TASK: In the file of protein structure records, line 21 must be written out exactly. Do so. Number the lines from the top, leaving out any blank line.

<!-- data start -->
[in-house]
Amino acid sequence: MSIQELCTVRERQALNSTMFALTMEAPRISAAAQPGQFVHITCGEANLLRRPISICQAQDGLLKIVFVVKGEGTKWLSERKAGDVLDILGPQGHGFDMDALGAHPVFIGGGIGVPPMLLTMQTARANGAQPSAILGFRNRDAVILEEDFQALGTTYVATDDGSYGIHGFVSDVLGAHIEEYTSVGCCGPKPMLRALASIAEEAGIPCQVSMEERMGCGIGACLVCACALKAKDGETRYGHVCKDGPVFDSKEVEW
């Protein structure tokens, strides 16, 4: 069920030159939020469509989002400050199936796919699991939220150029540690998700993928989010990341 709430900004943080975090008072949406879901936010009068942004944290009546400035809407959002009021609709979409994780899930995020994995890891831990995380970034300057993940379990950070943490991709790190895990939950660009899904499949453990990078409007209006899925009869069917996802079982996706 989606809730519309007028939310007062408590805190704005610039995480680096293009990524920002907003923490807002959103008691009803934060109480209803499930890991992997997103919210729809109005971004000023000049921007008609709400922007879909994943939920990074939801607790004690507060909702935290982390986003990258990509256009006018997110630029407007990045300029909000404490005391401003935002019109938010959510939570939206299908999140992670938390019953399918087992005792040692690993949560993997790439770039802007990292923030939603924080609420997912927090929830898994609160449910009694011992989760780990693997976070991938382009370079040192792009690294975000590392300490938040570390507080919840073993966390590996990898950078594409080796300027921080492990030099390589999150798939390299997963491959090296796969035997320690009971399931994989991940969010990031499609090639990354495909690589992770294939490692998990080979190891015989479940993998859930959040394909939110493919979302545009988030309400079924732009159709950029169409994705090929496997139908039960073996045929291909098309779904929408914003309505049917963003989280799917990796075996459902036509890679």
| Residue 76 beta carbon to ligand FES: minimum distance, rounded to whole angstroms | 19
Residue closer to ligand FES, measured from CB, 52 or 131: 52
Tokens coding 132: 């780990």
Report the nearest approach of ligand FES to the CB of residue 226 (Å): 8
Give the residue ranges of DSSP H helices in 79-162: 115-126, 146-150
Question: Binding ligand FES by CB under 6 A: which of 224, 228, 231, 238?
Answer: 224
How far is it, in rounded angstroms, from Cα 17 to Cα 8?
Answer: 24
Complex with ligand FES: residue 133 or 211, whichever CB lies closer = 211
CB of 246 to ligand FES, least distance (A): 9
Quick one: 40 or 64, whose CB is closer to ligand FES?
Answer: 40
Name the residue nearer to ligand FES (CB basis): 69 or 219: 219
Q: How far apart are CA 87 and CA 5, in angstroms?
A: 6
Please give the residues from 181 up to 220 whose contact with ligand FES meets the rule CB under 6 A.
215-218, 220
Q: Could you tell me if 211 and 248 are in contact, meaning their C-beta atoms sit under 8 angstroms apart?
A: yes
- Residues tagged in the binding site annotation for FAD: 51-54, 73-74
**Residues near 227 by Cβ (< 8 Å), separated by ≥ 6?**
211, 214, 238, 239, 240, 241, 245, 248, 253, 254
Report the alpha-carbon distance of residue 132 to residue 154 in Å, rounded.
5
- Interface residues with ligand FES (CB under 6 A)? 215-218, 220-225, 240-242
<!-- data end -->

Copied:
215-218, 220